That’s happening now. The do-gooder welfare state and the regulatory state are have gone to war with one another, and the casualties are America’s homeless.
It’s the dark side of nanny-state liberalism.
In Ft. Lauderdale, Florida, a 90-year-old World War II veteran could go to jail for feeding the homeless.
To control allegedly expanding homelessness, officials in that city enacted new laws last October discouraging public acts of charity. For “Chef Arnold” Abbott, who has fed the homeless on a weekly basis for 23 years, the fact that he didn’t also provide bathrooms, hand-washing stations and adhere to city-prescribed food handling rules imposed to make such acts of kindness procedurally difficult means he faces multiple violations that carry $500 fines and six-month jail terms.
According to Abbott, “One of the police officers said, ‘drop that plate right now’ as if I were carrying a weapon.”
Has it really come to this? A man wants to feed the homeless as a tribute to his late wife. He also teaches the homeless food service skills so they may someday get off the street and transform from a taker to a maker. But he’s essentially forced to break the law to help.
Chef Arnold and the hungry of Ft. Lauderdale aren’t the only victims of this nanny state war on the homeless.
In 2013, city homeless shelters in New York City began rejecting private food donations. An edict from then-mayor Michael Bloomberg’s health officials discouraged such donations because they could not be properly vetted for salt, fat and fiber content.
Glen Richter told CBS his synagogue probably donated tons of food to city shelters over the years without problems, adding: “I think there is a degree of management that becomes micromanagement, and when you cross that line… what you’re doing is wrong.”
In Hawaii this past September, thousands of homeless people, particularly those in the tourist hub of Waikiki, were banned from sitting and lying in most places. They could relocate their tents to nearby Sand Island, an area infamous for a Japanese-American internment camp in the 1940s that is known for a water treatment plant today.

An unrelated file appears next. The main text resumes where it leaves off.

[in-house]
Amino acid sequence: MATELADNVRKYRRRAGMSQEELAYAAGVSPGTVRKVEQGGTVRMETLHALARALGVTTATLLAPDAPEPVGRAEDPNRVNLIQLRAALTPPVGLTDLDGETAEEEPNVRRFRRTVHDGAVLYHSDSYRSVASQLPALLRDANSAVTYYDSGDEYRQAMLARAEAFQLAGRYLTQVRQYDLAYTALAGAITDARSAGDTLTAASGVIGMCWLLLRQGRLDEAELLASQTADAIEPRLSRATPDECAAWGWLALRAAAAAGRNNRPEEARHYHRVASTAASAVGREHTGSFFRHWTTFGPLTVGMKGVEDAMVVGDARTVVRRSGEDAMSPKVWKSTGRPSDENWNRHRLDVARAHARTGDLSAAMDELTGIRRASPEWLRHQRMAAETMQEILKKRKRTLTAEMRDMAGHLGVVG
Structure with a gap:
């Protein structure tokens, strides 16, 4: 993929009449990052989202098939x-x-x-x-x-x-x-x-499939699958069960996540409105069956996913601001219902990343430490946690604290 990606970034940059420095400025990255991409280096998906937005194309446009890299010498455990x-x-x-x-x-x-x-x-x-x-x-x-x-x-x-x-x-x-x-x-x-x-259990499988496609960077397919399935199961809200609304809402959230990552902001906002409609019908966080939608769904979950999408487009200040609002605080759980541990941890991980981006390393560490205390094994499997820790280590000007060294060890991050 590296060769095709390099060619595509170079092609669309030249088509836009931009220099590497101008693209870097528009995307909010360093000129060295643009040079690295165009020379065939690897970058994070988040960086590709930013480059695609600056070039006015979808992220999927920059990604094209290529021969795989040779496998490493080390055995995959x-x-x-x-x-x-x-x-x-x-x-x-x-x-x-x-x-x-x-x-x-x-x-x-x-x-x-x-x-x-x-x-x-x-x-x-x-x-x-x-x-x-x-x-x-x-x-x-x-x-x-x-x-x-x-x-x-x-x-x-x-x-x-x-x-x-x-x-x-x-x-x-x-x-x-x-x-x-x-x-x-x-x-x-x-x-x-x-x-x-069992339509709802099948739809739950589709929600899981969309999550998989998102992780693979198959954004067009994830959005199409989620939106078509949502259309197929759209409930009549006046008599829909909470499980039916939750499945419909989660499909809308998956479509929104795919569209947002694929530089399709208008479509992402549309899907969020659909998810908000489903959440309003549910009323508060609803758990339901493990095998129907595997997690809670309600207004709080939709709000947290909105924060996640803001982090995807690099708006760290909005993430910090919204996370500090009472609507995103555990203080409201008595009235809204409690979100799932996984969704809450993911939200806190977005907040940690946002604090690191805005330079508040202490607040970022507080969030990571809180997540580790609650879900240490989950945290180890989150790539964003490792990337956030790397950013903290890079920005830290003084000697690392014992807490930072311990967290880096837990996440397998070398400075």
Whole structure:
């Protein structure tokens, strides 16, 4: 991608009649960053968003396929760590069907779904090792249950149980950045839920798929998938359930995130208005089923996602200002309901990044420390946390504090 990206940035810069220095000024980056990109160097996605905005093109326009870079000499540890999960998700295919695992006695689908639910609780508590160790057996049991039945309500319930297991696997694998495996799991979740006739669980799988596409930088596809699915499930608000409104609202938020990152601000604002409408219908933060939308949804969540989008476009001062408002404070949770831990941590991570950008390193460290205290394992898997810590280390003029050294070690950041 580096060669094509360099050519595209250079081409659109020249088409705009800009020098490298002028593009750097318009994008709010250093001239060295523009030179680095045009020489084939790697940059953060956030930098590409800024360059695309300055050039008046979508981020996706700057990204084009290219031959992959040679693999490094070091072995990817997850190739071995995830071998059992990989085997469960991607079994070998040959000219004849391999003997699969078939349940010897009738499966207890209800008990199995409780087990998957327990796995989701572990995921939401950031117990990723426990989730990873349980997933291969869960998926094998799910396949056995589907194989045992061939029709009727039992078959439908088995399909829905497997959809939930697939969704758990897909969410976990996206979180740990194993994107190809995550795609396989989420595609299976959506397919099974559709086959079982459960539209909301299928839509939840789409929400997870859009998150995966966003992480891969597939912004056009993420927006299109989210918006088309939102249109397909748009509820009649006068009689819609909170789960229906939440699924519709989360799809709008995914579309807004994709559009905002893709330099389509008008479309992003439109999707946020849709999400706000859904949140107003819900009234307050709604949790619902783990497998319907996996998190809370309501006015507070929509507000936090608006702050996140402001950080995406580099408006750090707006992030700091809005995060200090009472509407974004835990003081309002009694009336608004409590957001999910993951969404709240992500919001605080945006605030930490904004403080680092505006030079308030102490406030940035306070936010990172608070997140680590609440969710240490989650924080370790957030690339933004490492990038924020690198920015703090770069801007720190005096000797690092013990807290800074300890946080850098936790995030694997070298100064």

Responding to complaints about the presence of homeless people from hotels and other businesses, Hawaii’s Institute for Human Services funded over 100 one-way plane tickets to deport homeless people to the mainland. They are also researching how to discourage homeless people in the continental United States from migrating to the island paradise, as many do.
What’s up with government being so hard on the homeless and those wanting to help them? Some of the most liberal areas in America are now cracking down. People there likely rage against conservatives for allegedly not being empathetic enough about the poor, yet it seems the big-government crowd is more interested in its rules and regulations and perhaps the concerns of the tourism industry than with being compassionate to society’s least fortunate.
Giving credence to this notion, Hoover Institution research fellow Peter Schweizer found conservatives to be more charitable than liberals. His book, Makers and Takers, makes the case: The research shows that conservatives are much more outward-oriented and liberals tend toward looking at themselves. There is a sense of entitlement on the left. They are concerned with rights, but not responsibilities… Conservatives are much more likely to give to charity and they are also much more likely to donate their time to charity. This goes for all income groups and all age groups.
Remember the campaign commercials pretending to show Representative Paul Ryan (R-WI), Mitt Romney’s 2012 running mate, wheeling an old woman off a cliff as an example of his disregard for the old and poor?
Remember the Occupy Wall Street protests that said the rich and conservative don’t care about the poor? Maybe it’s time to reconsider these claims. The nanny state certainly isn’t doing the poor many favors these days. Compassionate conservatism was suggested during the Bush Administration. Maybe it’s time to show it good faith and see what it can do.